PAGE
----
Apart from the professors, the Evergreeners themselves attract Wassermann to the program. "I'm fascinated by the people who attend," she says. "I think the audience questions are amazing and educated, and I'm so impressed by the kinds of people we have in the Boston area."
Phyllis White, an effervescent former-teacher in her mid 60s, has audited more than 40 courses at BU — at least 10 on art history, every single Middle Eastern–studies class, and dozens on international relations.
"I know so many of the professors; I've become like a groupie to some of them," she says. "I didn't take a class last year because there was nothing left to take. I'd have to repeat. I've had Dr. Ribner. I've had them all."
White describes being in graduate seminars where the Evergreen students outnumbered the graduates 12 to six. She once took an art-history course from a professor whose daughter she'd taught in elementary school.
Despite her ambitious course load, she's not interested in getting another degree.
"Now I just want to go and listen. If I want to read the course material I read it. If I don't, I don't have to."
Seventy-five-year-old Cal Kolbe, the abovementioned woman with snow-white hair, was graduated from BU 50 years ago with a degree in English. Years later, she went back to school and got an MEd.
As a retired academic editor and writer, Kolbe was drawn to BU's Editorial Institute, a full-spectrum program in writing, publication, and literary editing. Since joining Evergreen four years ago, she's audited one course per semester.
"I had the great good luck of studying with Christopher Ricks, who is without question one of the great classroom professors," she says, referring to a graduate seminar she took with Ricks, the celebrated BU/Oxford literary critic who's dissected everyone from Tennyson to Dylan, on the theory and practice of editing. "It was all graduate students and me. I tried to be pretty quiet — after all, it is the students who are paying tuition, but they were gracious, they really were."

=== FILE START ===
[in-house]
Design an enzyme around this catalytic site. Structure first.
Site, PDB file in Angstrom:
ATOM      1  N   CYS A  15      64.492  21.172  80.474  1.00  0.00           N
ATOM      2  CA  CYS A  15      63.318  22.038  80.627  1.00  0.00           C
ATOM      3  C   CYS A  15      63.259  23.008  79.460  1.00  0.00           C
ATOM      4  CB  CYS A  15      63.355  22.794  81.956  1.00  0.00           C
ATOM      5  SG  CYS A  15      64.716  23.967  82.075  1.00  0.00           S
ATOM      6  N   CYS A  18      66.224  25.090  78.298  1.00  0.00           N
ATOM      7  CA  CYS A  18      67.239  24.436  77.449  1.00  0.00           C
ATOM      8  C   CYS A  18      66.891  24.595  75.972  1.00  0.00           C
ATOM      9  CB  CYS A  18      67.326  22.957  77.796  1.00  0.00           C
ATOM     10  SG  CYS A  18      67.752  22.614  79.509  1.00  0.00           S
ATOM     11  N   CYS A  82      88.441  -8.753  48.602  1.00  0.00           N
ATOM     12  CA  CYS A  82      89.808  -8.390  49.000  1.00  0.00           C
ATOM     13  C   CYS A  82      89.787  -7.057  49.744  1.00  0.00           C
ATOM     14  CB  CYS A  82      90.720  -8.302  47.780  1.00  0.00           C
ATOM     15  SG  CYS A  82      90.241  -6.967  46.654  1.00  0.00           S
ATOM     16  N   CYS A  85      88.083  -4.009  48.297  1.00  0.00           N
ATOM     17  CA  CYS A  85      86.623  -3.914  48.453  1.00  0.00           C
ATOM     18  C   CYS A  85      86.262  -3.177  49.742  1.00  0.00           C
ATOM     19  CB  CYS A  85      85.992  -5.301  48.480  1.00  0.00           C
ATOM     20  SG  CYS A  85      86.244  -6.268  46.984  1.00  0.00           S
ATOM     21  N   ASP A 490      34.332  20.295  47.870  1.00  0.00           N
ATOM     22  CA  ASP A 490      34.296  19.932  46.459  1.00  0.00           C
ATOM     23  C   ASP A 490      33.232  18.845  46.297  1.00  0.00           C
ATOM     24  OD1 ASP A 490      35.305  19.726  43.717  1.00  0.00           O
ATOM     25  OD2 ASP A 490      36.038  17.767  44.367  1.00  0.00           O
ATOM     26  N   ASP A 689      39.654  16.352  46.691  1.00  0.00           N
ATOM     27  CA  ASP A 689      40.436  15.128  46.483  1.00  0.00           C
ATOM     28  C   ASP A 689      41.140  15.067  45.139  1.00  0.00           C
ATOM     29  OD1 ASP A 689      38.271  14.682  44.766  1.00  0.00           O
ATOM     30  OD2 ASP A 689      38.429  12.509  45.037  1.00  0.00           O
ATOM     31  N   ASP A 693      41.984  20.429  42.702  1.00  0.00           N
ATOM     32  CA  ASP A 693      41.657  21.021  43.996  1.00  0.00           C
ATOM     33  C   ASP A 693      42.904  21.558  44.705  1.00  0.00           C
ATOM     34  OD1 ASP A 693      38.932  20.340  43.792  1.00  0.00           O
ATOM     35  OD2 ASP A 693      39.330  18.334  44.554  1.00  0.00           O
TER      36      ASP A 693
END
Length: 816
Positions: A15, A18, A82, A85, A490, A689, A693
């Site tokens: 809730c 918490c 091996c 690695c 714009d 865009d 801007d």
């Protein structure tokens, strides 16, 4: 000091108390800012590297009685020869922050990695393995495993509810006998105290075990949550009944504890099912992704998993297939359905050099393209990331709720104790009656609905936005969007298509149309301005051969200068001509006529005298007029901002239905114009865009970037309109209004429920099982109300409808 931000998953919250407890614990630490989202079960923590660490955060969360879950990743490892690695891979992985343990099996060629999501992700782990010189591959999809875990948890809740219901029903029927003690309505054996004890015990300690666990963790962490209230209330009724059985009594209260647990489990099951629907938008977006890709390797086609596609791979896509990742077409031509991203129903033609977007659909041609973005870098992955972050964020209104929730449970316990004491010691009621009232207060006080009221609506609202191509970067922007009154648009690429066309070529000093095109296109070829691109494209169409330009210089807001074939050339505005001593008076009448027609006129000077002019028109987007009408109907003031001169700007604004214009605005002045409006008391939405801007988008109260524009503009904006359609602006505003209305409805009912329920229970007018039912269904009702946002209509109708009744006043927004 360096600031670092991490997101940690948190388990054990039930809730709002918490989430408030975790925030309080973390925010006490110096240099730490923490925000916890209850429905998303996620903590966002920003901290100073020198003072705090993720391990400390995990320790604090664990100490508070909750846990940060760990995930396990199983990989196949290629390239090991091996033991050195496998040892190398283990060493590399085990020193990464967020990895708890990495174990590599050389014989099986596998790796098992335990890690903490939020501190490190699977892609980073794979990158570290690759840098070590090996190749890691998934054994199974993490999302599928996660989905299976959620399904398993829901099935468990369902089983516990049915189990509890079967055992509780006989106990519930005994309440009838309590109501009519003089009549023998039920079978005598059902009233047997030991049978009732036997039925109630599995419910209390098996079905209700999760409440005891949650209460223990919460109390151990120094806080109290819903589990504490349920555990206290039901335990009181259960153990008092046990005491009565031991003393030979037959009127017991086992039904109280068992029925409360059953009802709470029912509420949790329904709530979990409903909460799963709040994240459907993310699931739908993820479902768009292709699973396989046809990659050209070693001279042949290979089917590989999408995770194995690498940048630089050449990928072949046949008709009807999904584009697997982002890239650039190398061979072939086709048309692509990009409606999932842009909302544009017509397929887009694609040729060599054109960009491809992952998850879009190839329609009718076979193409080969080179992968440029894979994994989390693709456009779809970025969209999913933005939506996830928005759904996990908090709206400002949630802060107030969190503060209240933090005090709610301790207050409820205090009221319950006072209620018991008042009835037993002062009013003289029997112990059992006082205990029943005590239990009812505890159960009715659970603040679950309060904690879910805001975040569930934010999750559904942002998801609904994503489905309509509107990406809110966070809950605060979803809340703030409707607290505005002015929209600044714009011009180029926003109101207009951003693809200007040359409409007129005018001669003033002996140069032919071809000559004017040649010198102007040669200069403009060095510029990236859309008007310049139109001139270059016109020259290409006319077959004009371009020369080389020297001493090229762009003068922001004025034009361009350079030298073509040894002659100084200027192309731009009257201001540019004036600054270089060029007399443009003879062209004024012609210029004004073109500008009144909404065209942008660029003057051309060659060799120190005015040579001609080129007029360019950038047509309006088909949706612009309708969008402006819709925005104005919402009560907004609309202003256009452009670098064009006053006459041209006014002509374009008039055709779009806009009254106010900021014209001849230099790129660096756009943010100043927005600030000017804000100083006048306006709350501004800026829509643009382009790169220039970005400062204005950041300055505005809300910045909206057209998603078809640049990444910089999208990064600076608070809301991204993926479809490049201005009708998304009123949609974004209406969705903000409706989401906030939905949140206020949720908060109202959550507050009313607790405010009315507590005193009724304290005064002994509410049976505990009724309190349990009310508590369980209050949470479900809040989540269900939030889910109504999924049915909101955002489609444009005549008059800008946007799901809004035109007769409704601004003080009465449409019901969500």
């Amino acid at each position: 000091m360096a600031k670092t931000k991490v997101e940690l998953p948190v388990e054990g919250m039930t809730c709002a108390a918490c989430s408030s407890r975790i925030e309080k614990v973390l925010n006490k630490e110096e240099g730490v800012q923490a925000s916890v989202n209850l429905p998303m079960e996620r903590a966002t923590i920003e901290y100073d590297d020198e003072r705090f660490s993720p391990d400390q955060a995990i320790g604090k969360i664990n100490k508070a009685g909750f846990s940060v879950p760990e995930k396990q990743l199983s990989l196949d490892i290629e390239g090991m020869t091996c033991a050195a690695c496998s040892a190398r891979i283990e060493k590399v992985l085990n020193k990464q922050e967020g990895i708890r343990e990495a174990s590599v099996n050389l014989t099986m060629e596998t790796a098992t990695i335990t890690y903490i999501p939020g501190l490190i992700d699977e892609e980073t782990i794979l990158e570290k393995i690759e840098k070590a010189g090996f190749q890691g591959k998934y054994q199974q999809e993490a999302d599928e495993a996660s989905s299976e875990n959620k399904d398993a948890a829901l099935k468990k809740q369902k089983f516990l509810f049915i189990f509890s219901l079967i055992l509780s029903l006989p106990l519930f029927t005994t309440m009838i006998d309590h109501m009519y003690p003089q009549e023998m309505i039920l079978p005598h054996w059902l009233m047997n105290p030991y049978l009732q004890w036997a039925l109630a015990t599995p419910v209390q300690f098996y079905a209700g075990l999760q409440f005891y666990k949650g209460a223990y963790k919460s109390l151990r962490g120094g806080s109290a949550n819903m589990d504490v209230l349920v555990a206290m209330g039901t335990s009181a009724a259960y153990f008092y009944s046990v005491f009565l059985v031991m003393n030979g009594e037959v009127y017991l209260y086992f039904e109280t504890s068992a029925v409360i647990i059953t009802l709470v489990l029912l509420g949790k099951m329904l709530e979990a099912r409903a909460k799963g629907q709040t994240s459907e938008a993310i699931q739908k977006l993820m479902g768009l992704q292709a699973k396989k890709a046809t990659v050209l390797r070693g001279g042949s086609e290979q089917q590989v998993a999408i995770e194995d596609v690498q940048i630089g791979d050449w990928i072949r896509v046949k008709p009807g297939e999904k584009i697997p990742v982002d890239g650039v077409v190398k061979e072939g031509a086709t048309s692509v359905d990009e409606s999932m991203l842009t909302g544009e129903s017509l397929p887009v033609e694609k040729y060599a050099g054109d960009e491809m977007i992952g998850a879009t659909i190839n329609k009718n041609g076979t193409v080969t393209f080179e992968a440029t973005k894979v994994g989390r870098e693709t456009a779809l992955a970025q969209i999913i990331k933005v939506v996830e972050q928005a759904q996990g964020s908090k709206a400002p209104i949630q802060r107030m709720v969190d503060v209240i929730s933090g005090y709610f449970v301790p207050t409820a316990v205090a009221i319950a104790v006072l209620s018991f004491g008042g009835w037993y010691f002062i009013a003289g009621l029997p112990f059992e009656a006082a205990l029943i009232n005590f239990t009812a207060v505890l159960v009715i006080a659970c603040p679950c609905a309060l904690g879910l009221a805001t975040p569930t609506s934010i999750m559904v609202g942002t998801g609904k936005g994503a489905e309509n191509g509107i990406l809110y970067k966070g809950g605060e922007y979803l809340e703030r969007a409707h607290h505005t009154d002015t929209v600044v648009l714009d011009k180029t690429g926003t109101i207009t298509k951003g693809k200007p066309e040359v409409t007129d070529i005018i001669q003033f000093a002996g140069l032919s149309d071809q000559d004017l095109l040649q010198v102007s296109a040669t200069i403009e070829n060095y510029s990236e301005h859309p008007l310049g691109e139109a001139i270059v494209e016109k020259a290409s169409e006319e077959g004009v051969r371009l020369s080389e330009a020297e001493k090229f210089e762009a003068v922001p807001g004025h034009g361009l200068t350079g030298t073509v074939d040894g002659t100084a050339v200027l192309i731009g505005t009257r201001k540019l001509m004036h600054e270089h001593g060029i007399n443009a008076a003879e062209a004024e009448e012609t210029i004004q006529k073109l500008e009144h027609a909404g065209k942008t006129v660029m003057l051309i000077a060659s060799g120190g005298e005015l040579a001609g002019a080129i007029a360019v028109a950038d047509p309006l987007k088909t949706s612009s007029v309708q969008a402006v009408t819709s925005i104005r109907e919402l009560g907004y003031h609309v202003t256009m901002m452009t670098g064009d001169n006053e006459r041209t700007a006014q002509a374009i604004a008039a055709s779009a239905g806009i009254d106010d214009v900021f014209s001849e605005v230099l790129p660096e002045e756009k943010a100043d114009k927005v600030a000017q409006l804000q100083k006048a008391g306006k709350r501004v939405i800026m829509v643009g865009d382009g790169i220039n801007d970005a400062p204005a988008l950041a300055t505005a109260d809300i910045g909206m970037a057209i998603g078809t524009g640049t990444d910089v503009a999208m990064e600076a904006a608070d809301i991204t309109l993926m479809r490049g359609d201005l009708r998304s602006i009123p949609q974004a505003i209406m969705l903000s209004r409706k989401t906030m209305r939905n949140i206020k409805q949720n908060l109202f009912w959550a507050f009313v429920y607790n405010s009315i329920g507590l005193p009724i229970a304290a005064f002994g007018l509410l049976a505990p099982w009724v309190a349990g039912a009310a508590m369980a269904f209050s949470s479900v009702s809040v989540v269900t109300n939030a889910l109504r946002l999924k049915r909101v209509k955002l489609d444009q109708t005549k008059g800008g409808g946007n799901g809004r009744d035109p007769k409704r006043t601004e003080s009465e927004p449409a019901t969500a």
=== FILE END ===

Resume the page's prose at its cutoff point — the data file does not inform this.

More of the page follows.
Of course, older learners don't have to participate in formal programs to continue their education. Boston is chock-a-block full of extension schools and non-degree programs for those who are interested in taking classes simply for enrichment.
Patricia McManus, 52, has spent her life studying languages. When her daughters were young, she took intermediate French three times at Salem State College. "It was the highest level that they offered," she says by phone from her house in Marblehead.
"At undergrad school, a lot of people are unsure about what they want to do. They're learning because they know that they need to get out and get a job," she says. "People who return to school are there because they're motivated in the way that I am. It's because they really love something."
McManus went on to study at Boston's Alliance Française and Biblioteque Française, the Harvard Extension School, and at language schools in Bordeaux and the Loire Valley. She's also studied Italian in Perugia, Italy. She and her husband are in the process of moving to Miami, and so now she's taken up Spanish.
"I'll continue studying languages probably the rest of my life," she says. "And I'll just continue studying in general. I don't think education should be something that you stop when you're 22 years old."